“The decision to throw the trailer hitch at two people walking down the side of the street in that location can allow this court to infer beyond a reasonable doubt that it was bias or prejudice toward women that played a part in motivating this offence,” Sadler said.

Another aggravating factor was the effort involved in committing the offence.

“Getting himself from the front seat up to sitting on the edge of the door, leaning out the window while holding a heavy metal object that required two hands to hold securely in order to fling at someone from a moving vehicle demonstrates an action of high-degree moral culpability,” Sadler said.

Lawyers also noted Bushby’s level of intoxication the night of the offence. Despite being drunk, lawyers argued there was no evidence to suggest he was at a “blackout” state.

Defence counsel Ryan Green for Bushby argued a sentence of up to 12 years for his client is too harsh considering he is a first-time offender with no criminal record and the “shortest possible sentence” should be sought in order to give Bushby a chance at rehabilitation.

Green read points from Bushby’s pre-sentence report which described him as a young local man, loving son, new father and supportive partner to his fiancé.

“The proposed sentence would instill a sense of responsibility without crushing Mr. Bushby,” Green said, adding his client had just turned 18 at the time of the offence.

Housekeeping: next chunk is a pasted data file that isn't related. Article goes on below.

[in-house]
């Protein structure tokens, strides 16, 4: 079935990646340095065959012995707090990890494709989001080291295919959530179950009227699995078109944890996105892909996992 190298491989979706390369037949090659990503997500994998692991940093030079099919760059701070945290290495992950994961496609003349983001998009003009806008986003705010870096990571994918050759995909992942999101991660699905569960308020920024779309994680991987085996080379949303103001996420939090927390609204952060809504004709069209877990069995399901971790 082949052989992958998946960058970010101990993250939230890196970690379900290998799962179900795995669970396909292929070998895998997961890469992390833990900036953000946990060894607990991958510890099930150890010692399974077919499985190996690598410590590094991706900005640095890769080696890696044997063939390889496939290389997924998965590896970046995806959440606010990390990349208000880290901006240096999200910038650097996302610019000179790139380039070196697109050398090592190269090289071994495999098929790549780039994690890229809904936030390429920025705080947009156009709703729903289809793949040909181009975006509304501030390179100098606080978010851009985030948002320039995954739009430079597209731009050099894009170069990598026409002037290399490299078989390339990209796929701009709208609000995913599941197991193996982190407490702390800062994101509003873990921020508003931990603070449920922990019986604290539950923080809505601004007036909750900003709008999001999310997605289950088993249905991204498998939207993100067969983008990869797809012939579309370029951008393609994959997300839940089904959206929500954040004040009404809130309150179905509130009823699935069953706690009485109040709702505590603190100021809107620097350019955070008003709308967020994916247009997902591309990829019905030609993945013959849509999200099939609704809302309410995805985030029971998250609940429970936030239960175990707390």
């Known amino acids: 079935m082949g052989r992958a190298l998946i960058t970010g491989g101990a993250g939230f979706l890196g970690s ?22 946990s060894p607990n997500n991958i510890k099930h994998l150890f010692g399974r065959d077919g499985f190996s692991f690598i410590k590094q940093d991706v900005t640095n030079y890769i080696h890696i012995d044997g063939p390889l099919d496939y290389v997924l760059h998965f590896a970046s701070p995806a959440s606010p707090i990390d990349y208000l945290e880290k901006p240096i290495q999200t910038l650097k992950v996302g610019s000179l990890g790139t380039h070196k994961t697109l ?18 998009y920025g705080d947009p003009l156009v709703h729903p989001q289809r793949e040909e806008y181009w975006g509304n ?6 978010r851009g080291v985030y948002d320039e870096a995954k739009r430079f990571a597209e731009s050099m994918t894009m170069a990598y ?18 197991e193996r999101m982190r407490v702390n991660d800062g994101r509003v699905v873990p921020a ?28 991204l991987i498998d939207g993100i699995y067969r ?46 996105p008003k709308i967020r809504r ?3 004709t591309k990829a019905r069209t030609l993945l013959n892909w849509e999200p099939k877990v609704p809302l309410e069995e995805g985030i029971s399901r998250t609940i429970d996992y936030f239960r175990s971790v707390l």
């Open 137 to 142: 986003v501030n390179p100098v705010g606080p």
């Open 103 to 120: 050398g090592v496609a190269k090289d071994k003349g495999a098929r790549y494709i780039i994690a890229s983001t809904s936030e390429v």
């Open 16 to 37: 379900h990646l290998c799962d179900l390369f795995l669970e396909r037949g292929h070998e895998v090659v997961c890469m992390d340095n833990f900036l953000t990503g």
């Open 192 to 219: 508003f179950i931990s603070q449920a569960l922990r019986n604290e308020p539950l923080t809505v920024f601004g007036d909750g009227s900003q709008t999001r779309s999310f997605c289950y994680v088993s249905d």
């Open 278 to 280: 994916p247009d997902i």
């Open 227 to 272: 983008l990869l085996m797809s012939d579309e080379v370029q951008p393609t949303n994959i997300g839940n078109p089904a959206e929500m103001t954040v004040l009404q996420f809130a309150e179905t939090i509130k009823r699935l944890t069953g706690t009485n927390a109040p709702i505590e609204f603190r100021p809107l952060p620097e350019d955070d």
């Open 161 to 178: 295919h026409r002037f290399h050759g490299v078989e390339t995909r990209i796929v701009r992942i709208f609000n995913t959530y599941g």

Defence also argued the Crown failed to prove beyond a reasonable doubt that Bushby knew the individuals walking on the side of the road that night were female.

An autopsy report determined Kentner’s death was caused by complications arising from the blunt force injury to her abdomen. End-stage liver disease was also listed as a second significant cause of Kentner’s death however it was not related to the immediate cause, according to a post-mortem examination report.

Pathologist Toby Rose who conducted Kentner's autopsy described her as a "chronically ill and seriously ill woman" but despite her illness, she would not have died when she did had she not been injured, according to her testimony.

Victim and community impact statements were read in court during the first half of sentencing submissions on Wednesday.

“The death of my mother has affected me in many ways,” Serena, the surviving daughter of Kentner wrote in her victim impact statement.

Serena was still in high school when her mother’s health began to deteriorate after she was injured in 2017 and admitted into the hospital.